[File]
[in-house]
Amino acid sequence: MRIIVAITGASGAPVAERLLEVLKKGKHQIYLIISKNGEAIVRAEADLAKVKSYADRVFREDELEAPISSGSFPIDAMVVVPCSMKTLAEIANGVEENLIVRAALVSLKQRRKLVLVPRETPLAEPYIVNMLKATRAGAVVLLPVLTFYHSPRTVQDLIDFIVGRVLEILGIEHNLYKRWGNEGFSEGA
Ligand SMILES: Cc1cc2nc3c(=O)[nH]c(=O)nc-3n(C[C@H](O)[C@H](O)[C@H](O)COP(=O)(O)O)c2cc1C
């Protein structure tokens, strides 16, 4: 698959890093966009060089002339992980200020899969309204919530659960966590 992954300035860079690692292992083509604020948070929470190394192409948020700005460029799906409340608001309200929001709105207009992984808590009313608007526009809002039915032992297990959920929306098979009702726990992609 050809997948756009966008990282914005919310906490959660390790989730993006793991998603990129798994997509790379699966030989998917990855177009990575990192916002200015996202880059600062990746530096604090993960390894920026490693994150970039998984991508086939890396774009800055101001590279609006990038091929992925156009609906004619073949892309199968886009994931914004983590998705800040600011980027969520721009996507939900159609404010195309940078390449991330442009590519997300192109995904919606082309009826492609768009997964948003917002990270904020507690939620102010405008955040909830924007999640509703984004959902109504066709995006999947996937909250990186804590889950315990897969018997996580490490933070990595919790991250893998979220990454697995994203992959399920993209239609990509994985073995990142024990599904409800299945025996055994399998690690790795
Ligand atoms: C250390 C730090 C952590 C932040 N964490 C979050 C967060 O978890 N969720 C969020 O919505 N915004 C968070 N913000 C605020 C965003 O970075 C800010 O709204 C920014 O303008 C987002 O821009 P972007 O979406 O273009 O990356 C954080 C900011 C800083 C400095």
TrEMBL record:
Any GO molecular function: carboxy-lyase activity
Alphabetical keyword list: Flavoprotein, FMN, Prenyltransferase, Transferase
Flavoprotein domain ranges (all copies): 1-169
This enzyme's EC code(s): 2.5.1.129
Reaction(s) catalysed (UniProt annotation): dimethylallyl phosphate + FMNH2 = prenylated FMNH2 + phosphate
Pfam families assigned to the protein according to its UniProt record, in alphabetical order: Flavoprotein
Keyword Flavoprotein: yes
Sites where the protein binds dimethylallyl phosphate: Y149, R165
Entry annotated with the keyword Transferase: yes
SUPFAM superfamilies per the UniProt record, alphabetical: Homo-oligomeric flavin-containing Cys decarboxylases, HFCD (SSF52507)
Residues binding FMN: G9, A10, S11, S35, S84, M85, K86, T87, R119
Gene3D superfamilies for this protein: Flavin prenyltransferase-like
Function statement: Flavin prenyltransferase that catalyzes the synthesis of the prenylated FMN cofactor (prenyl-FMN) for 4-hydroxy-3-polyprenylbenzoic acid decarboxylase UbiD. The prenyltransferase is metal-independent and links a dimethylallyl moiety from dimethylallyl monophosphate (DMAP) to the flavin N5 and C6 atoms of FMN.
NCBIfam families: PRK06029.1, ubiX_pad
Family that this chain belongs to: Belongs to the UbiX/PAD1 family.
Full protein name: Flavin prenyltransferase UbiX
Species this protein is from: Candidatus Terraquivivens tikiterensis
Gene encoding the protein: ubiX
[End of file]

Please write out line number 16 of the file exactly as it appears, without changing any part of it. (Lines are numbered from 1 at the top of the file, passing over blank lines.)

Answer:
SUPFAM superfamilies per the UniProt record, alphabetical: Homo-oligomeric flavin-containing Cys decarboxylases, HFCD (SSF52507)